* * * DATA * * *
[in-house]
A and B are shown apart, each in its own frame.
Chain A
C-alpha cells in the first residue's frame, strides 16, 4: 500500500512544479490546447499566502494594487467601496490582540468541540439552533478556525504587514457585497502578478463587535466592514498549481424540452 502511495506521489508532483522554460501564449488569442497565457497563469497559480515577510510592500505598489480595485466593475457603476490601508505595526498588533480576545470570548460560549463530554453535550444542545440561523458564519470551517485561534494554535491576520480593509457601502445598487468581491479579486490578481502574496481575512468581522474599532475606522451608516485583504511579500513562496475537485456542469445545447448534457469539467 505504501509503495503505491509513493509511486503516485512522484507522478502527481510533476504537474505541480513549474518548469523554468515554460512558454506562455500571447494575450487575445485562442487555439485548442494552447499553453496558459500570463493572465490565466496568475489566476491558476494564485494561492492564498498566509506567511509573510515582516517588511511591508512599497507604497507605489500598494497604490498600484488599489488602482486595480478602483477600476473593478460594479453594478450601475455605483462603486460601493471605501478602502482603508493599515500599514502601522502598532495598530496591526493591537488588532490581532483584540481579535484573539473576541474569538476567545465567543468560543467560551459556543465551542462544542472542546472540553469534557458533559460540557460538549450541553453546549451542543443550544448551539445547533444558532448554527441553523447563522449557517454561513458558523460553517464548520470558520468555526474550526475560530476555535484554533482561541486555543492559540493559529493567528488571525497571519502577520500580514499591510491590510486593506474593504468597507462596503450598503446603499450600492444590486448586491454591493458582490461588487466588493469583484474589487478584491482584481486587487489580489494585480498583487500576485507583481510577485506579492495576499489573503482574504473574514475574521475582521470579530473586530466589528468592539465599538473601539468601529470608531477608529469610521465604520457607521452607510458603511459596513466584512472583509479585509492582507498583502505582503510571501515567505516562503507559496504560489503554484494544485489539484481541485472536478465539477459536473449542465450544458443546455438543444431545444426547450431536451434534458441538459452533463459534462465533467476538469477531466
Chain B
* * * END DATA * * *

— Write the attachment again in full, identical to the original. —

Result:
[in-house]
A and B are shown apart, each in its own frame.
Chain A
C-alpha cells in the first residue's frame, strides 16, 4: 500500500512544479490546447499566502494594487467601496490582540468541540439552533478556525504587514457585497502578478463587535466592514498549481424540452 502511495506521489508532483522554460501564449488569442497565457497563469497559480515577510510592500505598489480595485466593475457603476490601508505595526498588533480576545470570548460560549463530554453535550444542545440561523458564519470551517485561534494554535491576520480593509457601502445598487468581491479579486490578481502574496481575512468581522474599532475606522451608516485583504511579500513562496475537485456542469445545447448534457469539467 505504501509503495503505491509513493509511486503516485512522484507522478502527481510533476504537474505541480513549474518548469523554468515554460512558454506562455500571447494575450487575445485562442487555439485548442494552447499553453496558459500570463493572465490565466496568475489566476491558476494564485494561492492564498498566509506567511509573510515582516517588511511591508512599497507604497507605489500598494497604490498600484488599489488602482486595480478602483477600476473593478460594479453594478450601475455605483462603486460601493471605501478602502482603508493599515500599514502601522502598532495598530496591526493591537488588532490581532483584540481579535484573539473576541474569538476567545465567543468560543467560551459556543465551542462544542472542546472540553469534557458533559460540557460538549450541553453546549451542543443550544448551539445547533444558532448554527441553523447563522449557517454561513458558523460553517464548520470558520468555526474550526475560530476555535484554533482561541486555543492559540493559529493567528488571525497571519502577520500580514499591510491590510486593506474593504468597507462596503450598503446603499450600492444590486448586491454591493458582490461588487466588493469583484474589487478584491482584481486587487489580489494585480498583487500576485507583481510577485506579492495576499489573503482574504473574514475574521475582521470579530473586530466589528468592539465599538473601539468601529470608531477608529469610521465604520457607521452607510458603511459596513466584512472583509479585509492582507498583502505582503510571501515567505516562503507559496504560489503554484494544485489539484481541485472536478465539477459536473449542465450544458443546455438543444431545444426547450431536451434534458441538459452533463459534462465533467476538469477531466
Chain B